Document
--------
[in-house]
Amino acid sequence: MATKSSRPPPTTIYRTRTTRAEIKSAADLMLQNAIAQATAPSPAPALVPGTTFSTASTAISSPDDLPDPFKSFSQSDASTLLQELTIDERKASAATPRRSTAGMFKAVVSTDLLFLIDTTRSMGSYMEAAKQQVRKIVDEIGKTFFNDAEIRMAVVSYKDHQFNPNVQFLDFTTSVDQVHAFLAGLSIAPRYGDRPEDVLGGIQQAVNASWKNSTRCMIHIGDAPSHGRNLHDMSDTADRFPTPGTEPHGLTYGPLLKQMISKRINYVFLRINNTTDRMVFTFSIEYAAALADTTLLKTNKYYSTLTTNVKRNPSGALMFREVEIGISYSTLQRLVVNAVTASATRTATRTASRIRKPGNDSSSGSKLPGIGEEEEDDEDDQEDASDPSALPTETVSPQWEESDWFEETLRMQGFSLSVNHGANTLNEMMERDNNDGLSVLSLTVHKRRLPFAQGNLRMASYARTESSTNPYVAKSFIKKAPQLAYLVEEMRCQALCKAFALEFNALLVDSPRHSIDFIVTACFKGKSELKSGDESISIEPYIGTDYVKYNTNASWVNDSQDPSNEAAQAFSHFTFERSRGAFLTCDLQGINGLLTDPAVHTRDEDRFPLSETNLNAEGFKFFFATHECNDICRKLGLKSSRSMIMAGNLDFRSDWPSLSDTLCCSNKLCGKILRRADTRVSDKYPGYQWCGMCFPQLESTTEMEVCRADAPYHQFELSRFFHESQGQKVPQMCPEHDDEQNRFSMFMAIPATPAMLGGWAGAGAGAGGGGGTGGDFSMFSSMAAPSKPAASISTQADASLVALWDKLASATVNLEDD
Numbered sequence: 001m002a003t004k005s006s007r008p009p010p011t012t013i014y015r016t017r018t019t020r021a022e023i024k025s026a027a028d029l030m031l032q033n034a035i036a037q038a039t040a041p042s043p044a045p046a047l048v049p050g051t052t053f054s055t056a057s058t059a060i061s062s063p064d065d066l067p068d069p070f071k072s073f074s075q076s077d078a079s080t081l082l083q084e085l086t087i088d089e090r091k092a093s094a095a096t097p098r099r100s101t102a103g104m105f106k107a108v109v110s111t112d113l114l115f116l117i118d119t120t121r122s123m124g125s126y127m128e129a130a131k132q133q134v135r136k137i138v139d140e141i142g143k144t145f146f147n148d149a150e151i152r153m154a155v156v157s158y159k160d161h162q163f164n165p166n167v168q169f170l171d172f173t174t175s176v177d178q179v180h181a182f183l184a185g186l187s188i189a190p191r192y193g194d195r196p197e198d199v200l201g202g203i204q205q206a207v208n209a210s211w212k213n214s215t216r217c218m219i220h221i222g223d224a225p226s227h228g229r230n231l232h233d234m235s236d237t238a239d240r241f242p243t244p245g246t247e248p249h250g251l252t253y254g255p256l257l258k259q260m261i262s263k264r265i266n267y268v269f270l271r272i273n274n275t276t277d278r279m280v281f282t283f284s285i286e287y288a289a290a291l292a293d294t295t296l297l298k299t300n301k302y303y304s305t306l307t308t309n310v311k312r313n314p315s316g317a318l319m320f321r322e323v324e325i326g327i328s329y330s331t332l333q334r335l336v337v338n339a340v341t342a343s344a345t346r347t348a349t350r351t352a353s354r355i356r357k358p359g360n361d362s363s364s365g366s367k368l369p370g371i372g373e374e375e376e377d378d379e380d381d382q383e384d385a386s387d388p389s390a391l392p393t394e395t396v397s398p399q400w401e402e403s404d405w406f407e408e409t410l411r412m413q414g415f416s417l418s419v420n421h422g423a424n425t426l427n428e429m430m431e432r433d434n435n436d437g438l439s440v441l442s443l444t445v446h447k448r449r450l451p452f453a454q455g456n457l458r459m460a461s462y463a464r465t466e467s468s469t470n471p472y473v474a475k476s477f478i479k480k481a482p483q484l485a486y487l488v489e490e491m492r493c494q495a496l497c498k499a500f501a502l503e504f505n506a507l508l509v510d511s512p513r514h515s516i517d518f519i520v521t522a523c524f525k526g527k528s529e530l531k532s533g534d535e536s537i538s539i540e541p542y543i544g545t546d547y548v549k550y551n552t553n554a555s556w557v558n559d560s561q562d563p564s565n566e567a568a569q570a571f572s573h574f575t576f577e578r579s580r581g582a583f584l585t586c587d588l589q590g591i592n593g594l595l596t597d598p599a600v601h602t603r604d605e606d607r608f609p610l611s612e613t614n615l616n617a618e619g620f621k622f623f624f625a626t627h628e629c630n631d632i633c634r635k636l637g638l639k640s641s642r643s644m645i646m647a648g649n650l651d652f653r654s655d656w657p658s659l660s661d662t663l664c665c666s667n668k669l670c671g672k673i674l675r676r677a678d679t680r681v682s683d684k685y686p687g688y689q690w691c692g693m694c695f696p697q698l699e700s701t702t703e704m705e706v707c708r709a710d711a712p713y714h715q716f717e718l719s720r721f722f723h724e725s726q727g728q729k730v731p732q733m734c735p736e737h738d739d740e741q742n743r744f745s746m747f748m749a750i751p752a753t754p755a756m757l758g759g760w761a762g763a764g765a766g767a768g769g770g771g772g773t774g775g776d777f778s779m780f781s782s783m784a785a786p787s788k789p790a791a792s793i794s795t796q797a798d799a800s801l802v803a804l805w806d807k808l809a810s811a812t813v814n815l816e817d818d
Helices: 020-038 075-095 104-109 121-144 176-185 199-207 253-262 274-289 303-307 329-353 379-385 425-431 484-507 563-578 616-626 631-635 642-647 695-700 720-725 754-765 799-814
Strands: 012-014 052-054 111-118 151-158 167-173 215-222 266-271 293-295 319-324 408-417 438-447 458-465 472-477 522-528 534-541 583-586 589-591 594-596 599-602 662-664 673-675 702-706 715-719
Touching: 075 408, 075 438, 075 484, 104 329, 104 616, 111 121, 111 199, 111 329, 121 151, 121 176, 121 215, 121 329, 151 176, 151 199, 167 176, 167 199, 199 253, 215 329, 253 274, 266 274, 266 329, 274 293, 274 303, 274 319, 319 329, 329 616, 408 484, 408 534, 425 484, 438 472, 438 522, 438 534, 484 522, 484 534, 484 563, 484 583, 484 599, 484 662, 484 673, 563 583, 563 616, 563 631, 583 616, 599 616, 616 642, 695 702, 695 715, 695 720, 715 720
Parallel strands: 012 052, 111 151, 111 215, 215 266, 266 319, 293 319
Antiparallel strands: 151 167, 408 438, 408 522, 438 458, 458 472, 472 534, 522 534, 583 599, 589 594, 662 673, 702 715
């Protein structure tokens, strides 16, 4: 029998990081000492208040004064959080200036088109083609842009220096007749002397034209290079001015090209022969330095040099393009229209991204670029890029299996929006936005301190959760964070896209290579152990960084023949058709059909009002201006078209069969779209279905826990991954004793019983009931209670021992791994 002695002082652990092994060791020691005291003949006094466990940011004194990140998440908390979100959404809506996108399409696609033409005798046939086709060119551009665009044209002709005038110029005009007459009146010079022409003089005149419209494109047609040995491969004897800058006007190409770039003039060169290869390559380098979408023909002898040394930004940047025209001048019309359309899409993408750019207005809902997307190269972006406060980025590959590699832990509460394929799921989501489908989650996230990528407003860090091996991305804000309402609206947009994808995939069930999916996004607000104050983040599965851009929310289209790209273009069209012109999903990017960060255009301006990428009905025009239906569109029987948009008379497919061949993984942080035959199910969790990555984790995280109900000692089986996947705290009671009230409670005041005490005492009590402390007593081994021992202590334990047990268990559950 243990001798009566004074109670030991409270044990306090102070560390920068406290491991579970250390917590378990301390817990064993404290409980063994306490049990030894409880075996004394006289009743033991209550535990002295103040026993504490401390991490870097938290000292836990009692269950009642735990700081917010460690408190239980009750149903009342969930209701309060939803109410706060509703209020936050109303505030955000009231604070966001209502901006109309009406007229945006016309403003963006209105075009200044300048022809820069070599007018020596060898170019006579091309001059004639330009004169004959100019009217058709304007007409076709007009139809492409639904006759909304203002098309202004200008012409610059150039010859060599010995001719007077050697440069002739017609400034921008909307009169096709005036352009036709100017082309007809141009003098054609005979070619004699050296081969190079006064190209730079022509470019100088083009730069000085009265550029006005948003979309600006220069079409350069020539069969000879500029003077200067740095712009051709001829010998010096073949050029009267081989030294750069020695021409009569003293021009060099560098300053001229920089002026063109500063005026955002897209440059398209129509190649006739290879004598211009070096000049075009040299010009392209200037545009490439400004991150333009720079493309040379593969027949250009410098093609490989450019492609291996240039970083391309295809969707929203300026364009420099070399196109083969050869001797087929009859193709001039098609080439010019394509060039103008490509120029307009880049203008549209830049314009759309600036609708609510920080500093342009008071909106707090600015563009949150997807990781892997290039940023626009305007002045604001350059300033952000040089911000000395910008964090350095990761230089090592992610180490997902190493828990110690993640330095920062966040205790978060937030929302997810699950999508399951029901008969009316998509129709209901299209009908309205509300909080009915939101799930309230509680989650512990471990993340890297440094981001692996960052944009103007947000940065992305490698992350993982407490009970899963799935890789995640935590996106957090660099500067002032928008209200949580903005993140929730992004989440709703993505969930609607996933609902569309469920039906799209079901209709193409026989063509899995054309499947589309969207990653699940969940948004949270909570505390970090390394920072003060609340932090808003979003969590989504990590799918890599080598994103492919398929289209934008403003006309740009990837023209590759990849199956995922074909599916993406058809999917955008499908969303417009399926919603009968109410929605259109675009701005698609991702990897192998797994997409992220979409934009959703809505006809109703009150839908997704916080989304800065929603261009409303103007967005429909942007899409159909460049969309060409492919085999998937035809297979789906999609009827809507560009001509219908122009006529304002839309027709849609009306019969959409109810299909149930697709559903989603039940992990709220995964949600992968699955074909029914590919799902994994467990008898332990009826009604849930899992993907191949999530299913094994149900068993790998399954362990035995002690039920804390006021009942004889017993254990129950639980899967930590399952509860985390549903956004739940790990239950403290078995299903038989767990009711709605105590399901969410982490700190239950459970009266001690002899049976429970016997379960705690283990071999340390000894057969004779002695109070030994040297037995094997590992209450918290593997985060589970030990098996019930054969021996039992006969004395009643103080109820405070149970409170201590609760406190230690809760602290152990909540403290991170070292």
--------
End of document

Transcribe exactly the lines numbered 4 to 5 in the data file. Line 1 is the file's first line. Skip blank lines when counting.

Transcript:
Helices: 020-038 075-095 104-109 121-144 176-185 199-207 253-262 274-289 303-307 329-353 379-385 425-431 484-507 563-578 616-626 631-635 642-647 695-700 720-725 754-765 799-814
Strands: 012-014 052-054 111-118 151-158 167-173 215-222 266-271 293-295 319-324 408-417 438-447 458-465 472-477 522-528 534-541 583-586 589-591 594-596 599-602 662-664 673-675 702-706 715-719